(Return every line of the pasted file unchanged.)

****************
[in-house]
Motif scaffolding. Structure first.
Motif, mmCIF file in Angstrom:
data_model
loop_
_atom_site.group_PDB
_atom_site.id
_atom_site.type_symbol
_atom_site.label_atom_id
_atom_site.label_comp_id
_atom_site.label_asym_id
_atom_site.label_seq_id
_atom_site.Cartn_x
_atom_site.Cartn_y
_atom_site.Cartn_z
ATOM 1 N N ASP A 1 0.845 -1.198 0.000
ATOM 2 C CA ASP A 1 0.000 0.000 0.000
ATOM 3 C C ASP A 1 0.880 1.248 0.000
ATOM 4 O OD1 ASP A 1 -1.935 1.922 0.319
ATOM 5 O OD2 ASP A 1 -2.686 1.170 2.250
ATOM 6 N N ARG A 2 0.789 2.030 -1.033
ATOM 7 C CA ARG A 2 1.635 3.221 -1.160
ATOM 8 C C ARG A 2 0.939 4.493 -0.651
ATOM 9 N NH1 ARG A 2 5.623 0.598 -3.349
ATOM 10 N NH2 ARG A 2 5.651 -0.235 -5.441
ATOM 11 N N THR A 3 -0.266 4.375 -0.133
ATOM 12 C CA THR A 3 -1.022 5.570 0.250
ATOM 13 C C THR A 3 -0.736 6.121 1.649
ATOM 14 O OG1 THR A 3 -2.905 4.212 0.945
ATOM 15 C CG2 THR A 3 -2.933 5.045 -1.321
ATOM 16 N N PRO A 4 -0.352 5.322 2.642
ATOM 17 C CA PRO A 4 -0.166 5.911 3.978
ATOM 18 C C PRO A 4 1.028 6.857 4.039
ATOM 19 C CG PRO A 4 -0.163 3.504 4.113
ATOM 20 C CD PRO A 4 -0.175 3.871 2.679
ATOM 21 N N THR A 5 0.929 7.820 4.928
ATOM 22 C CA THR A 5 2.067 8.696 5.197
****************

[in-house]
Motif scaffolding. Structure first.
Motif, mmCIF file in Angstrom:
data_model
loop_
_atom_site.group_PDB
_atom_site.id
_atom_site.type_symbol
_atom_site.label_atom_id
_atom_site.label_comp_id
_atom_site.label_asym_id
_atom_site.label_seq_id
_atom_site.Cartn_x
_atom_site.Cartn_y
_atom_site.Cartn_z
ATOM 1 N N ASP A 1 0.845 -1.198 0.000
ATOM 2 C CA ASP A 1 0.000 0.000 0.000
ATOM 3 C C ASP A 1 0.880 1.248 0.000
ATOM 4 O OD1 ASP A 1 -1.935 1.922 0.319
ATOM 5 O OD2 ASP A 1 -2.686 1.170 2.250
ATOM 6 N N ARG A 2 0.789 2.030 -1.033
ATOM 7 C CA ARG A 2 1.635 3.221 -1.160
ATOM 8 C C ARG A 2 0.939 4.493 -0.651
ATOM 9 N NH1 ARG A 2 5.623 0.598 -3.349
ATOM 10 N NH2 ARG A 2 5.651 -0.235 -5.441
ATOM 11 N N THR A 3 -0.266 4.375 -0.133
ATOM 12 C CA THR A 3 -1.022 5.570 0.250
ATOM 13 C C THR A 3 -0.736 6.121 1.649
ATOM 14 O OG1 THR A 3 -2.905 4.212 0.945
ATOM 15 C CG2 THR A 3 -2.933 5.045 -1.321
ATOM 16 N N PRO A 4 -0.352 5.322 2.642
ATOM 17 C CA PRO A 4 -0.166 5.911 3.978
ATOM 18 C C PRO A 4 1.028 6.857 4.039
ATOM 19 C CG PRO A 4 -0.163 3.504 4.113
ATOM 20 C CD PRO A 4 -0.175 3.871 2.679
ATOM 21 N N THR A 5 0.929 7.820 4.928
ATOM 22 C CA THR A 5 2.067 8.696 5.197